13.

Brewer, M. J., and N. C. Elliot. 2004. Biological control of cereal aphids in North America and mediating effects of host plant and habitat manipulations. Annu. Rev. Entomol. 49: 219–242. Google Scholar

14.

Calder, C. R., J. D. Hardwood, and W.O.C. Symondson. 2005. Detection of scavenged material in the guts of predators using monoclonal antibodies: a significant source of error in measurement of predation? Bull. Entomol. Res. 95: 57–62. Google Scholar

15.

Clark, S., K. Szlavecz, A. Cavigelli, and F. Purrington. 2006. Ground beetle (Coleoptera: Carabidae) assemblages in organic, no-till, and chisel-plow cropping systems in Maryland. Environ. Entomol. 35: 1304–1312. Google Scholar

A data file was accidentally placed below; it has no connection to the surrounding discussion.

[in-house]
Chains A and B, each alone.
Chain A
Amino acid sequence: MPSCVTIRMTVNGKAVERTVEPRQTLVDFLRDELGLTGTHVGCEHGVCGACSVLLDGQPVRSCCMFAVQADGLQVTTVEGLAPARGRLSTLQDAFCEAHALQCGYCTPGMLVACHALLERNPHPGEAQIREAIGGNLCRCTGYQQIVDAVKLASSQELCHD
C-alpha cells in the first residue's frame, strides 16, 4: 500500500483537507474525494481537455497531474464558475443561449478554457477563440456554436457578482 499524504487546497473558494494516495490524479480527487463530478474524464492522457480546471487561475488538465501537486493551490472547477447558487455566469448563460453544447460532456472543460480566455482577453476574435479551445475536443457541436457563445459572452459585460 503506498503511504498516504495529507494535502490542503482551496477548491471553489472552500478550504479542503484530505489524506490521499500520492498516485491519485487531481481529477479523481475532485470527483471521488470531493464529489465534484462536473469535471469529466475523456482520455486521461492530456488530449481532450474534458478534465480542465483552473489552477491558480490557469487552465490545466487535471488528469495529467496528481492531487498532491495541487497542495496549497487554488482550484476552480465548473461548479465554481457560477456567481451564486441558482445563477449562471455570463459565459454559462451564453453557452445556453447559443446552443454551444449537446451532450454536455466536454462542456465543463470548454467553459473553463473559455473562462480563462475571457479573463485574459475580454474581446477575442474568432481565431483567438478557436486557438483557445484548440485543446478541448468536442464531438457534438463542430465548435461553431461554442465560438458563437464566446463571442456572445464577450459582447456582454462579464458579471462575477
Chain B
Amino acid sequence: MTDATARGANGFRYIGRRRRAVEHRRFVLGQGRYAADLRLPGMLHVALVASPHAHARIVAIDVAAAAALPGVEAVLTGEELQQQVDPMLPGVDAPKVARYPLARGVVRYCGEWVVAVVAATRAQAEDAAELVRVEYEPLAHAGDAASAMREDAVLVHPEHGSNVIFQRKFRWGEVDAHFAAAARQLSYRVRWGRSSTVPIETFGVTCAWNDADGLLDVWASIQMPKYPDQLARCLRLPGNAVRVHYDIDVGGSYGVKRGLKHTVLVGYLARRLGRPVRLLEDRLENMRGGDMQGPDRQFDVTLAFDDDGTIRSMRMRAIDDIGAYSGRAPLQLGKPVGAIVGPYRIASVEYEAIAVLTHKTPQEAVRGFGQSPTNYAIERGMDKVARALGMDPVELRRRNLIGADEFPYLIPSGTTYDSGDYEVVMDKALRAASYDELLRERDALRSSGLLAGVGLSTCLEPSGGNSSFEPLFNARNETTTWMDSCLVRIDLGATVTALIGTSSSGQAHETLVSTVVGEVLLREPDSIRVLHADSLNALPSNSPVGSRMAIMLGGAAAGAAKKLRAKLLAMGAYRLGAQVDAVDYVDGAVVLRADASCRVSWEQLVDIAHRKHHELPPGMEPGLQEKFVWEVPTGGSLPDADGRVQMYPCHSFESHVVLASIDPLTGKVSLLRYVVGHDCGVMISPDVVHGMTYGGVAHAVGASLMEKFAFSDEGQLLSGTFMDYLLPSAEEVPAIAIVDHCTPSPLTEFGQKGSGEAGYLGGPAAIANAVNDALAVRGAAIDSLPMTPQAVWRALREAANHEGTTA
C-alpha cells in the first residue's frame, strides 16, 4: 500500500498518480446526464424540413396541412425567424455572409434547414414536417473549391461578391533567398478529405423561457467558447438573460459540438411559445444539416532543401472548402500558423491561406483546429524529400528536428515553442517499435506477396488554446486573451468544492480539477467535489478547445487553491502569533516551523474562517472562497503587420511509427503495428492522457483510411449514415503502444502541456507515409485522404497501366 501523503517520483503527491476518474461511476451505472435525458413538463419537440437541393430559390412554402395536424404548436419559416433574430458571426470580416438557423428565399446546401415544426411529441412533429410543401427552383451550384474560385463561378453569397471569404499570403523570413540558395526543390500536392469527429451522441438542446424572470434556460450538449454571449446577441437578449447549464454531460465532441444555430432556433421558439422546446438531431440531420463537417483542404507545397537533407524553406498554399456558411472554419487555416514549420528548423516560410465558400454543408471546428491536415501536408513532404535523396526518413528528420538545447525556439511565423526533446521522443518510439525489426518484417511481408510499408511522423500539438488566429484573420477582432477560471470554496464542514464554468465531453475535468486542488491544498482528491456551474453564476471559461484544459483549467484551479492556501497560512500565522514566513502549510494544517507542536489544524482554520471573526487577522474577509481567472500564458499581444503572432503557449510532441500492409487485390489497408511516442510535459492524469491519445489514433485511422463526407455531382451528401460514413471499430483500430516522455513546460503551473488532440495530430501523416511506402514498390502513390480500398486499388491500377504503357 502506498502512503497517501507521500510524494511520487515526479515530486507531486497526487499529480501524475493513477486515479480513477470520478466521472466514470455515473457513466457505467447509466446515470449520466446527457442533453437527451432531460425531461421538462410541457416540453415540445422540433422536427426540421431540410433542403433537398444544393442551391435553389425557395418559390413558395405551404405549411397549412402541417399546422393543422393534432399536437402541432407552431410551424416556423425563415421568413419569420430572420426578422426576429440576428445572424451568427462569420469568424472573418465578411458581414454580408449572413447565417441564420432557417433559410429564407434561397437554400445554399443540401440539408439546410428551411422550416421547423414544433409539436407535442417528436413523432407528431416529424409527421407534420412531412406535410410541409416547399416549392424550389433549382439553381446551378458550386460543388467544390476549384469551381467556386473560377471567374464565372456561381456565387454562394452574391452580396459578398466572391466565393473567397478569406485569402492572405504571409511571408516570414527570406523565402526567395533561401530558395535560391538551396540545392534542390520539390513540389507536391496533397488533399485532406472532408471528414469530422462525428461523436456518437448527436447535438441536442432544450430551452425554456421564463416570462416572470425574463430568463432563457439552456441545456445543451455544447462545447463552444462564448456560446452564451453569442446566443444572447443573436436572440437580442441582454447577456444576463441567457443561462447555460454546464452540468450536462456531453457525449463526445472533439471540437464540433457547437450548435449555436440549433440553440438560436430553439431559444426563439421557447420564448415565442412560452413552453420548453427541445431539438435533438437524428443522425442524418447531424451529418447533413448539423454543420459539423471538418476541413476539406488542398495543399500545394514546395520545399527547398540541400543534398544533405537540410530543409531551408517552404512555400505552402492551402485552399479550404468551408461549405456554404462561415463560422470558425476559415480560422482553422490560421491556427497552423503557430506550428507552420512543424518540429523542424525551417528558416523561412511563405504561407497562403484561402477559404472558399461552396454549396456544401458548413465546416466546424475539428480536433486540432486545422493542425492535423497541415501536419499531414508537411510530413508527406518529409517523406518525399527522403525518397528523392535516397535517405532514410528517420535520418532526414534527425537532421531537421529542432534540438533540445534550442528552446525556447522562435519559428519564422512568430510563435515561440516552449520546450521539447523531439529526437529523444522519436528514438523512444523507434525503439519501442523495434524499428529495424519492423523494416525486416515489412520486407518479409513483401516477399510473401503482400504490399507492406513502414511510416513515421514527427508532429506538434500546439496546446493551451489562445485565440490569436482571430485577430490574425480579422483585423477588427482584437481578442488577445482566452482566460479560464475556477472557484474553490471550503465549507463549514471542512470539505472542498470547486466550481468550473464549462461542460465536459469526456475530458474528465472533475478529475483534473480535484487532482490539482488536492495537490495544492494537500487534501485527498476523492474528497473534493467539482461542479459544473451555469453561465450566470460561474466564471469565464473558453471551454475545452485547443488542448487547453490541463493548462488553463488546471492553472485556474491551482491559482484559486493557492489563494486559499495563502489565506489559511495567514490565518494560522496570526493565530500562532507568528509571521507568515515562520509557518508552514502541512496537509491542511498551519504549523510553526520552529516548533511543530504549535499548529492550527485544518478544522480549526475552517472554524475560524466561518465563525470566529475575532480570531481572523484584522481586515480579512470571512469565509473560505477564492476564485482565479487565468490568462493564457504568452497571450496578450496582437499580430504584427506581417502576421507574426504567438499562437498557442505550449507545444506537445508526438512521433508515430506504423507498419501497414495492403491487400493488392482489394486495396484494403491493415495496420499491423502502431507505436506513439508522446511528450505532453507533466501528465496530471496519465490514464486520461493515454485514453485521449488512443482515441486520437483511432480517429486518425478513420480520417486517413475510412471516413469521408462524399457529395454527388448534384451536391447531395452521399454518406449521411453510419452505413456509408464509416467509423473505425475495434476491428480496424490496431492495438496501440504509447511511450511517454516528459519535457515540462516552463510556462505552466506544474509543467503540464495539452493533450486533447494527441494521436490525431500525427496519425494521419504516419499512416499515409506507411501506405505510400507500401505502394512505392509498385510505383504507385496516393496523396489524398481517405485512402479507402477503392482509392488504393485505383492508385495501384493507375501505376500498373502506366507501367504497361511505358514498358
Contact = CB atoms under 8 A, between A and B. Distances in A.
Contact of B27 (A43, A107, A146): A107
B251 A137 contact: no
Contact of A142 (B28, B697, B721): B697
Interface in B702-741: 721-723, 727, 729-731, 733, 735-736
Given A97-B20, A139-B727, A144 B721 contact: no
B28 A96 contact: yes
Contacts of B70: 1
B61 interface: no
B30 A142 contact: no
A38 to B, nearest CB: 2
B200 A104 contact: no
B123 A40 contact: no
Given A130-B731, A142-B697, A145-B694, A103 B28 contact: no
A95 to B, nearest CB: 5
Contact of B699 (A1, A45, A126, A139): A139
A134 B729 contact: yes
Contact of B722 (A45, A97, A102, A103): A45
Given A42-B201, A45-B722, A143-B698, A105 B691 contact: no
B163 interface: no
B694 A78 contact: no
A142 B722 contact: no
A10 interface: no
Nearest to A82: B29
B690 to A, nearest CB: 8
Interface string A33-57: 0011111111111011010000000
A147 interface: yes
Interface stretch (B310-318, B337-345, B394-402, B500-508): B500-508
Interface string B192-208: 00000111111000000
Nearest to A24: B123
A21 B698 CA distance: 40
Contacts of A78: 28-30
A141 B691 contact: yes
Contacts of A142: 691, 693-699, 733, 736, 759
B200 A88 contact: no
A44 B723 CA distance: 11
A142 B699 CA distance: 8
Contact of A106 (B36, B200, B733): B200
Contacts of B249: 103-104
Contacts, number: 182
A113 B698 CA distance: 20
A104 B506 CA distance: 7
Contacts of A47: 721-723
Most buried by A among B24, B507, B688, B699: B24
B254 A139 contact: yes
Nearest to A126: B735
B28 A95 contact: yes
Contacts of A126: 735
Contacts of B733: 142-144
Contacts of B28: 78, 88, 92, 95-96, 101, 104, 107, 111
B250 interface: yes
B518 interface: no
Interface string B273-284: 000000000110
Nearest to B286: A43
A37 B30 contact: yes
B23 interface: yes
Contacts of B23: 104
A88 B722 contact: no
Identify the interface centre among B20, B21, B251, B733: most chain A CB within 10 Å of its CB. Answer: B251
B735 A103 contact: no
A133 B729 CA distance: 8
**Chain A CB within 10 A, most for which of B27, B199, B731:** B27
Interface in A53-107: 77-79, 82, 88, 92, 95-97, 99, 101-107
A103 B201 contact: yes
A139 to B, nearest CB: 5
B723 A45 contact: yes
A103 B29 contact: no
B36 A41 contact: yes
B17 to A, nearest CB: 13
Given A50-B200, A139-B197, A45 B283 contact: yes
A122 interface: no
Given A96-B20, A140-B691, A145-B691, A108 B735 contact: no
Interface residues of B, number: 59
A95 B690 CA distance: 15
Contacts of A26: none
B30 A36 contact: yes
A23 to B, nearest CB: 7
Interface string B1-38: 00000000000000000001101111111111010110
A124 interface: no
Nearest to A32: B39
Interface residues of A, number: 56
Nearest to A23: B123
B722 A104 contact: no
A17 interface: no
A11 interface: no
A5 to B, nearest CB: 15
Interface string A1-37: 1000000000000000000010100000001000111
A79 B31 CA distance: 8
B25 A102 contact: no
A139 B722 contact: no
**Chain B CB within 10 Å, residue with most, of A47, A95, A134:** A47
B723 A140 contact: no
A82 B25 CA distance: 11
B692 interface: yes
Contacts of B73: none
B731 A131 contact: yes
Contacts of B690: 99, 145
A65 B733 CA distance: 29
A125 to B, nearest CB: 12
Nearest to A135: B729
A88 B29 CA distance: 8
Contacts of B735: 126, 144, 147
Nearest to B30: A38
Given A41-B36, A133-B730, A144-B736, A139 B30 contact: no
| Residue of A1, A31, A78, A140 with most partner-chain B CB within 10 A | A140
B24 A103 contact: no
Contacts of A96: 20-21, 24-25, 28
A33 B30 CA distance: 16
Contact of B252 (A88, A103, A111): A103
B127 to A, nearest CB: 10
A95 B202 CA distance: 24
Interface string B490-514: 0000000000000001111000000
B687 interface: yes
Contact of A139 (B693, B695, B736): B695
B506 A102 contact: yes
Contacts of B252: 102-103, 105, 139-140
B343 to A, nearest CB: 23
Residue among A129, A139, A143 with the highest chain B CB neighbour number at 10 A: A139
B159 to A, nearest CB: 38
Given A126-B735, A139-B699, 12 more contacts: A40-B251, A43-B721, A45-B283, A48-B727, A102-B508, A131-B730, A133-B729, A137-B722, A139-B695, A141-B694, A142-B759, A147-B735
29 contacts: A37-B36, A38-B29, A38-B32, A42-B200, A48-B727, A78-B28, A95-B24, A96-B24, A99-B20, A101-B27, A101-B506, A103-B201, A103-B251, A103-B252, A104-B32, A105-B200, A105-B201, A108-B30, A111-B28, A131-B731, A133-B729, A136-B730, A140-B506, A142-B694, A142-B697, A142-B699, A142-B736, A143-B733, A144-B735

16.

Croft, B. 1990. Arthropod biological control agents and pesticides. Wiley, New York. Google Scholar

17.

Davey, J. S., I. P. Vaughan, R. A. King, J. R. Bell, D. A. Bohan, M. W. Bruford, J. M. Holland, and W.O.C. Symondson. 2013. Intraguild predation in winter wheat: Prey choice by a common epigeal carabid consuming spiders. J. Appl. Entomol. 50: 271–279. Google Scholar

18.

Dewar, A. M. 2007. Chemical control, pp. 391–422. In H. F. Van Emden and R. Harrington (eds.), Aphids as crop pests. Cromwell Press, United Kingdom. Google Scholar

19.

Dewar, A. M., and D. A. Cooke. 2006. Pests, pp. 316–358. In A. P. Draycott (ed.), Sugar beet. Blackwell Publishing, United Kingdom. Google Scholar

20.